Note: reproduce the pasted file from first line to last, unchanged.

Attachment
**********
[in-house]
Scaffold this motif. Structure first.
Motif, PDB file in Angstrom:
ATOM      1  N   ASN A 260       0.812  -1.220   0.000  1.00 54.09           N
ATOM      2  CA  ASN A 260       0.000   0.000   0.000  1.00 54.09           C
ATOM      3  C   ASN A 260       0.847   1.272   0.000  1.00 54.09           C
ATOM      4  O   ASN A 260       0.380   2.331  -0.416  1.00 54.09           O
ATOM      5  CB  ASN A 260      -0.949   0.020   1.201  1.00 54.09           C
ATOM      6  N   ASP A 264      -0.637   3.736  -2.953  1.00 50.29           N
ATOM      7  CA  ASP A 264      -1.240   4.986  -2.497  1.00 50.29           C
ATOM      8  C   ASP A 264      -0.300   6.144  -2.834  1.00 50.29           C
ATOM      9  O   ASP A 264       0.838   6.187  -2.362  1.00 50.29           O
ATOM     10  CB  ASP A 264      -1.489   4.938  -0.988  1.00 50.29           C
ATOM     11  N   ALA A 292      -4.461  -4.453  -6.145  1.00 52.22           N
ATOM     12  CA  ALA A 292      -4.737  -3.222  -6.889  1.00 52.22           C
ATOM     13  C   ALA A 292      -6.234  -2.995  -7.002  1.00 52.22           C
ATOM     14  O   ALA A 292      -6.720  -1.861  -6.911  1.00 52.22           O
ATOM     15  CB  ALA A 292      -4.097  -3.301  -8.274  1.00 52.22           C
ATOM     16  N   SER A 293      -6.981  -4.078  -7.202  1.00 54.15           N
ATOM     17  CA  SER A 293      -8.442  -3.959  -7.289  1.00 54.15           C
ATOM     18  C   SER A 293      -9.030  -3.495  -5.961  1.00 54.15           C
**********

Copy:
[in-house]
Scaffold this motif. Structure first.
Motif, PDB file in Angstrom:
ATOM      1  N   ASN A 260       0.812  -1.220   0.000  1.00 54.09           N
ATOM      2  CA  ASN A 260       0.000   0.000   0.000  1.00 54.09           C
ATOM      3  C   ASN A 260       0.847   1.272   0.000  1.00 54.09           C
ATOM      4  O   ASN A 260       0.380   2.331  -0.416  1.00 54.09           O
ATOM      5  CB  ASN A 260      -0.949   0.020   1.201  1.00 54.09           C
ATOM      6  N   ASP A 264      -0.637   3.736  -2.953  1.00 50.29           N
ATOM      7  CA  ASP A 264      -1.240   4.986  -2.497  1.00 50.29           C
ATOM      8  C   ASP A 264      -0.300   6.144  -2.834  1.00 50.29           C
ATOM      9  O   ASP A 264       0.838   6.187  -2.362  1.00 50.29           O
ATOM     10  CB  ASP A 264      -1.489   4.938  -0.988  1.00 50.29           C
ATOM     11  N   ALA A 292      -4.461  -4.453  -6.145  1.00 52.22           N
ATOM     12  CA  ALA A 292      -4.737  -3.222  -6.889  1.00 52.22           C
ATOM     13  C   ALA A 292      -6.234  -2.995  -7.002  1.00 52.22           C
ATOM     14  O   ALA A 292      -6.720  -1.861  -6.911  1.00 52.22           O
ATOM     15  CB  ALA A 292      -4.097  -3.301  -8.274  1.00 52.22           C
ATOM     16  N   SER A 293      -6.981  -4.078  -7.202  1.00 54.15           N
ATOM     17  CA  SER A 293      -8.442  -3.959  -7.289  1.00 54.15           C
ATOM     18  C   SER A 293      -9.030  -3.495  -5.961  1.00 54.15           C